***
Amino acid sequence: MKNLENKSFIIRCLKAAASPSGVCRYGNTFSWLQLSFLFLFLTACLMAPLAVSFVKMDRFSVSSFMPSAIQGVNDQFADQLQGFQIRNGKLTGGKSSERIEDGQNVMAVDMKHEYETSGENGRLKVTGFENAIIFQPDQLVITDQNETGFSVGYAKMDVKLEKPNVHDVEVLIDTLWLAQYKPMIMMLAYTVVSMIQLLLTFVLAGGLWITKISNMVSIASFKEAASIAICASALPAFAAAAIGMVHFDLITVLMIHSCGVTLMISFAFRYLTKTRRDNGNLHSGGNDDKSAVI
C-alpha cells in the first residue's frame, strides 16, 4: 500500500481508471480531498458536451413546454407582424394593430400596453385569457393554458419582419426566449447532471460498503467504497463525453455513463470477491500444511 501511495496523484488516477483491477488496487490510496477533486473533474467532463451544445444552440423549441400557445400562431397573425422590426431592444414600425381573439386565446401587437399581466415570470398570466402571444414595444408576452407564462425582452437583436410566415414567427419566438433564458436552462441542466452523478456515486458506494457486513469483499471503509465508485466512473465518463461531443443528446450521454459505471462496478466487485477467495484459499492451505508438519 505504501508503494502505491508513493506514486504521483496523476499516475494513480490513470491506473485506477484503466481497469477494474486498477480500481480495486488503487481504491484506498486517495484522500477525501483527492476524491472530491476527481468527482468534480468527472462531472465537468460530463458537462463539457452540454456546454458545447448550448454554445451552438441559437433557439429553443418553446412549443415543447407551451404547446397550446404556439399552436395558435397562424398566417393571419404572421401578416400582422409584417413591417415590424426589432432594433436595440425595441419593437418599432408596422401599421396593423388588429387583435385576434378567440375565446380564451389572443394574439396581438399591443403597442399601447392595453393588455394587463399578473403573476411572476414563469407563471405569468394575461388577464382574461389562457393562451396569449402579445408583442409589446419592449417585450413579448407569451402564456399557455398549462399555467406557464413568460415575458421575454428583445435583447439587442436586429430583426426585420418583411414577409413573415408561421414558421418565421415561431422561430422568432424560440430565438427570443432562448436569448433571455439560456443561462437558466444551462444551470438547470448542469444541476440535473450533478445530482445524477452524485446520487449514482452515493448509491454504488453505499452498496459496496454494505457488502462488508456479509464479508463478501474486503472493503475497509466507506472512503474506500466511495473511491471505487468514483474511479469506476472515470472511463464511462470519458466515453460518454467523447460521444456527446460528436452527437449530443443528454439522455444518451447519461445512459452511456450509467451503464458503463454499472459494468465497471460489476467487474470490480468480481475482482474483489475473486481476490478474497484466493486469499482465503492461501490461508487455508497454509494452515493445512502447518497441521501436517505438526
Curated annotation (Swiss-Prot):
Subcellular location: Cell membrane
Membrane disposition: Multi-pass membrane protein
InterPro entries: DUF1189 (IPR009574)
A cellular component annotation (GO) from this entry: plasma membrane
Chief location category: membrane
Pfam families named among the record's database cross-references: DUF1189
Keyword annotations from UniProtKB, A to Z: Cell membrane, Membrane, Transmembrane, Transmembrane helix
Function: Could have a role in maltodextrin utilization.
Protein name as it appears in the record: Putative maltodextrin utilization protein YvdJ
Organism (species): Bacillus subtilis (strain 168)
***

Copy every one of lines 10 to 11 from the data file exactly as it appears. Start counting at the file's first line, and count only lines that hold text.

Keyword annotations from UniProtKB, A to Z: Cell membrane, Membrane, Transmembrane, Transmembrane helix
Function: Could have a role in maltodextrin utilization.